One Red Poppy.


There is such a pleasure in photographing in infrared, (in fact, I can say the same of making images utilising any alternative-wavelengths) though I can’t even begin to describe it. Something about the added uncertainty of the quality of the light we can’t see – and wondering how to control it and, capture it. It definitely keeps me thinking; sometimes head-scratching. Yet so often, surprise and delight are revealed in such density that one cannot help going back for more, and more

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I | Poppy | 50mm 1/125th @f8 | ISO:271 | 715nm IR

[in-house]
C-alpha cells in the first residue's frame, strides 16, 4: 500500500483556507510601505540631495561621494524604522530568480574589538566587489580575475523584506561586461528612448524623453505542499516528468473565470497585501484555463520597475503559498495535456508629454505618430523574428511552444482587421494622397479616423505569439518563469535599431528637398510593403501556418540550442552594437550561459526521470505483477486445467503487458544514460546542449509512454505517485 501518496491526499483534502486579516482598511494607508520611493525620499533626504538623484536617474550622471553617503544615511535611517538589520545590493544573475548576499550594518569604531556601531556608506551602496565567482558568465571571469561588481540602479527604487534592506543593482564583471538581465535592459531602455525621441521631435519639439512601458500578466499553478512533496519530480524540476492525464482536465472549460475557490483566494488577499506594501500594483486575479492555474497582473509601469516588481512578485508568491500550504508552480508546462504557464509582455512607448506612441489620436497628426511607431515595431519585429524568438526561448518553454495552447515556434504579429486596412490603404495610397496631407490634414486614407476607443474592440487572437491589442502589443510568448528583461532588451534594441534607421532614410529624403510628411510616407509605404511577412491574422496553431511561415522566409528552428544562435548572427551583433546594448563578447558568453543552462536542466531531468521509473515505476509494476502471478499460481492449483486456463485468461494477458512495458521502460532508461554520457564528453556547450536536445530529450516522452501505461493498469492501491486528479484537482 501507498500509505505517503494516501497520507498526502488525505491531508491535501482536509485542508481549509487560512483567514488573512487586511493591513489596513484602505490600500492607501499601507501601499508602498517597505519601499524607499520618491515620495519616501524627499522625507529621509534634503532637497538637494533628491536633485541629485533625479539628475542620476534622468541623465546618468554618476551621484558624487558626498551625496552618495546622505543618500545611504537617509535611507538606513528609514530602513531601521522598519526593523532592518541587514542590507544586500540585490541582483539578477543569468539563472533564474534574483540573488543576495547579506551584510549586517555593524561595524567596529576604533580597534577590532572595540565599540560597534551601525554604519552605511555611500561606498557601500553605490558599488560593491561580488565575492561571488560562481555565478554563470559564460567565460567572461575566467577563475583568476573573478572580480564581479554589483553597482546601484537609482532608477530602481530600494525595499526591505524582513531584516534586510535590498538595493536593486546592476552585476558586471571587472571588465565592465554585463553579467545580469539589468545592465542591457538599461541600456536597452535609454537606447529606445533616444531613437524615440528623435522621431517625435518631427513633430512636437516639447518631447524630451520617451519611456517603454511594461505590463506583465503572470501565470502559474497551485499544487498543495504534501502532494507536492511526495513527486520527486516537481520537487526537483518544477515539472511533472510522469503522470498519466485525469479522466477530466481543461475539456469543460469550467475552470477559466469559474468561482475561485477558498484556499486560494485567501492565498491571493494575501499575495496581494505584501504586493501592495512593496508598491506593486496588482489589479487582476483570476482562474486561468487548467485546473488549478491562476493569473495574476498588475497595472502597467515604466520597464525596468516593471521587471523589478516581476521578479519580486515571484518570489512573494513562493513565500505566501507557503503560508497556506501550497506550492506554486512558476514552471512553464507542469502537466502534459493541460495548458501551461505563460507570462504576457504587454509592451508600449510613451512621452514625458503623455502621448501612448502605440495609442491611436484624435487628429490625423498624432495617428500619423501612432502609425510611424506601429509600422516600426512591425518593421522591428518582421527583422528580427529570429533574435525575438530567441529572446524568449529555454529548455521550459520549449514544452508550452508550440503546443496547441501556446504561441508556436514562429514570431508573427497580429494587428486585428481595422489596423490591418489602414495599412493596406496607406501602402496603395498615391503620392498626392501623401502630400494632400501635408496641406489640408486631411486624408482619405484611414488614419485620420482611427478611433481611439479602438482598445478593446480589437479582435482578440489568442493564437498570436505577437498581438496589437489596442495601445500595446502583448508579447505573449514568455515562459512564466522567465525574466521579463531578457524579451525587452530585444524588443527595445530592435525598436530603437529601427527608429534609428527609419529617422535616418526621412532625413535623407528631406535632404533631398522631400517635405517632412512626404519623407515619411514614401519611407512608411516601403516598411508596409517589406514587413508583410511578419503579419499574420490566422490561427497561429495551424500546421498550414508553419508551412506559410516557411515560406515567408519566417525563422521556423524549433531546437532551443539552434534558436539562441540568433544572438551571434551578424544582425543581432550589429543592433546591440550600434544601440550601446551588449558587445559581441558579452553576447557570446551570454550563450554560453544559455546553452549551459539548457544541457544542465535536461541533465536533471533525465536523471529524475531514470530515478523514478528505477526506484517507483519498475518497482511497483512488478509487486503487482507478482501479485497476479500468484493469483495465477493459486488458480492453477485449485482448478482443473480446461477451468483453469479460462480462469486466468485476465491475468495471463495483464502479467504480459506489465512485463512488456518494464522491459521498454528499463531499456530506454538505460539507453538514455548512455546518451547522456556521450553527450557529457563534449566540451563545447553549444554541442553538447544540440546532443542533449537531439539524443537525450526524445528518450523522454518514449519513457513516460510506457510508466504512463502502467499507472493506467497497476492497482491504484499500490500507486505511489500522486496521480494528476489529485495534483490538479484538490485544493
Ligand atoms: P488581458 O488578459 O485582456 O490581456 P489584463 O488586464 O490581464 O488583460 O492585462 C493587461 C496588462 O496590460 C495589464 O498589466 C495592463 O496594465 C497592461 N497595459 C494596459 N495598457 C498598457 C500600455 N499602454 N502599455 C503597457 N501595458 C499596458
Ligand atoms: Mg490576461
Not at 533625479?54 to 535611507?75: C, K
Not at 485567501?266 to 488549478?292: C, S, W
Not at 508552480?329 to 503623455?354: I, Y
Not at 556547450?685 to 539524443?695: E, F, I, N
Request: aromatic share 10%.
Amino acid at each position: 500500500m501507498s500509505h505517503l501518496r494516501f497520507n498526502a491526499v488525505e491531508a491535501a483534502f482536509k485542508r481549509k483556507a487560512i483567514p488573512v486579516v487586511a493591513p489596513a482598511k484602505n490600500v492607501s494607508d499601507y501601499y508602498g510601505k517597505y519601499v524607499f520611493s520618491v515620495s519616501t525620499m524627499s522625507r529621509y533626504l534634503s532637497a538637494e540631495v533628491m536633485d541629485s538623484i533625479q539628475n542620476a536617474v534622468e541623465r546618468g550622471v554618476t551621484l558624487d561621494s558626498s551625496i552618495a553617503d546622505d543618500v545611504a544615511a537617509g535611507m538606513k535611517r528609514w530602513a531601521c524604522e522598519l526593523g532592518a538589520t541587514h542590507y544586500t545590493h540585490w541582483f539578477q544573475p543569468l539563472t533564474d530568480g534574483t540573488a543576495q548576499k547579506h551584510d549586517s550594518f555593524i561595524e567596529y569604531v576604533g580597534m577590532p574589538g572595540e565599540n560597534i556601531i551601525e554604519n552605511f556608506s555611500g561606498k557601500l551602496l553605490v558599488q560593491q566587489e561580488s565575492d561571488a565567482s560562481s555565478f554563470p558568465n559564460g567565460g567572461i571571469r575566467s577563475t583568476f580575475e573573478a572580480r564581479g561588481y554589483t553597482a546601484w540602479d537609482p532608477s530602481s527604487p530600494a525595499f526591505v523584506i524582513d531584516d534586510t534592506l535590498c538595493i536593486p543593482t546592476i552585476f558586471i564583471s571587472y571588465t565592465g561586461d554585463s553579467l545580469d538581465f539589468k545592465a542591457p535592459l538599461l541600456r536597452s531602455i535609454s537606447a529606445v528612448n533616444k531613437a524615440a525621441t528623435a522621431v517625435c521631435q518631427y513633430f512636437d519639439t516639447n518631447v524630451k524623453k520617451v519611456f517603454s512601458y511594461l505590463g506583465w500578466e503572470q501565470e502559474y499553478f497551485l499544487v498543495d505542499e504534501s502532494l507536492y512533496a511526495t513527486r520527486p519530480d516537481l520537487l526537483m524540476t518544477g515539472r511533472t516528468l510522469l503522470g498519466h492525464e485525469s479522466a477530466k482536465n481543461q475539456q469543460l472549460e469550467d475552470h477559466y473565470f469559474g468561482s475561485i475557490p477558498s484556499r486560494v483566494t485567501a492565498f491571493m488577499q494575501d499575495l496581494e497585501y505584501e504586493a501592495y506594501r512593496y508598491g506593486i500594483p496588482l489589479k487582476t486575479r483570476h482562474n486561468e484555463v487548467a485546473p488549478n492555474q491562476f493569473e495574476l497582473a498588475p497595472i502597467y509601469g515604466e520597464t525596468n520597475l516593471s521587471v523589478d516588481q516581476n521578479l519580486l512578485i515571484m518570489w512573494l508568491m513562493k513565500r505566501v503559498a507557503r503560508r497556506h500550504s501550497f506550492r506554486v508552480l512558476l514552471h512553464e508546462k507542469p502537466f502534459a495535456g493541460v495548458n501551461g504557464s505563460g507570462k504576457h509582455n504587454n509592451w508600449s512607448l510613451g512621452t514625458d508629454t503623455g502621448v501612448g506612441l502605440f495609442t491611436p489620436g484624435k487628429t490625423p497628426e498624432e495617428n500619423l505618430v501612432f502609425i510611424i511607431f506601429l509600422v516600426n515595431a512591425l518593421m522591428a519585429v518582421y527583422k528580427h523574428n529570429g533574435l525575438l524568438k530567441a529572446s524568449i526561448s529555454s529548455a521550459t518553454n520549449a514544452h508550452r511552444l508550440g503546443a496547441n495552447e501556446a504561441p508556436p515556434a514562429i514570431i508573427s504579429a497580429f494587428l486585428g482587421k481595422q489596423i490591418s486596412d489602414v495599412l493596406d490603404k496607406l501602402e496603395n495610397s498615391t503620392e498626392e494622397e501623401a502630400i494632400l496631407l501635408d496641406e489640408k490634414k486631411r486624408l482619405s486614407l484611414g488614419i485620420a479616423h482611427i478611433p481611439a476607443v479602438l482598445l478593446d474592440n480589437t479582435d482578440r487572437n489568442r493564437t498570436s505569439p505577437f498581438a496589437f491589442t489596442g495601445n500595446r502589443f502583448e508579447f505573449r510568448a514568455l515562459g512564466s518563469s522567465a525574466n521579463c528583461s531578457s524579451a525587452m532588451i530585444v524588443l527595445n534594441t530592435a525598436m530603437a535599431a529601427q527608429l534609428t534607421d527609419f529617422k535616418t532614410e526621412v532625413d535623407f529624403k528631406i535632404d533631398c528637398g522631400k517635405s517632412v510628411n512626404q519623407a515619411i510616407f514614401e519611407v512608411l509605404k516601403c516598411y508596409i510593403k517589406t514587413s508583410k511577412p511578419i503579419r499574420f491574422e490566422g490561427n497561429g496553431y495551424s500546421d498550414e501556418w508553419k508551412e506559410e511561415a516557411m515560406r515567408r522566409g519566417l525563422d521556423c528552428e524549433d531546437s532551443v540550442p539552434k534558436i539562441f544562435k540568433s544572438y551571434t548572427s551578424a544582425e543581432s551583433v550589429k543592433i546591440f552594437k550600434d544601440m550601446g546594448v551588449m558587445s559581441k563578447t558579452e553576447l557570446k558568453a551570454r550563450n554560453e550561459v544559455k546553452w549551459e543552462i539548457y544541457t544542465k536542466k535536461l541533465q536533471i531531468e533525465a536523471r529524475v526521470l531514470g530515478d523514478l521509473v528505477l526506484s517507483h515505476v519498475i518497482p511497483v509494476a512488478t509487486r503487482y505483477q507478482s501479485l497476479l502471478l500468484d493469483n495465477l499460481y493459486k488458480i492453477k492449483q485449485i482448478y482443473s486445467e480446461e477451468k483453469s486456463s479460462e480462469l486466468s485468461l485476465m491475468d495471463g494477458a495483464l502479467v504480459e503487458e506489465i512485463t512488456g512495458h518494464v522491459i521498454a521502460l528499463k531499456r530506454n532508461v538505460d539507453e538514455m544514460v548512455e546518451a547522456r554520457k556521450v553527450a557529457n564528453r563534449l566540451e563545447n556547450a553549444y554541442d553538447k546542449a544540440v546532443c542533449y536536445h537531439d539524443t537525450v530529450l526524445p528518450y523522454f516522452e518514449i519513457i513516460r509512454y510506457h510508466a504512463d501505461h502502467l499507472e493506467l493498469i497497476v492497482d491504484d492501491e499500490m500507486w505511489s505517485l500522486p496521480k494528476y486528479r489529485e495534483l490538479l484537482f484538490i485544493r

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Since having received my IR converted A12 50mm for my GXR it occurred to me that I’ve not really given it a fair outing, yet. It’s not like it will care, or anything like that; it has no feelings and minds not if it’s being used or, if it spends its time just rattling around in compartment three, in my bag. But – though I love what I’ve managed to capture with my 28mm IR unit, the 50 is a rather different kettle o’ fish. For landscapes and closer, wide-angle stuff, the 28 is supreme and, at 760nm,  has a perfect base-wavelength for those tasks, but the 50 has a whole other genre as its niche. Whilst I haven’t taken it out for more natural FoV shooting as yet, I did, this morning, mooch around the garden trying out some close-up and macro subjects while the sun was out. Being as this is the UK – that latter consideration should remind you that unless the forecast states temperatures of 25 Celsius or higher for the entire day, the sun largely makes its own mind up as to whether it’s going to shine or hide behind the nearest cloud, and, there’s usually at least one large bugger waiting  for that job. That said, I had around a half-hour for a play before the inevitable happened.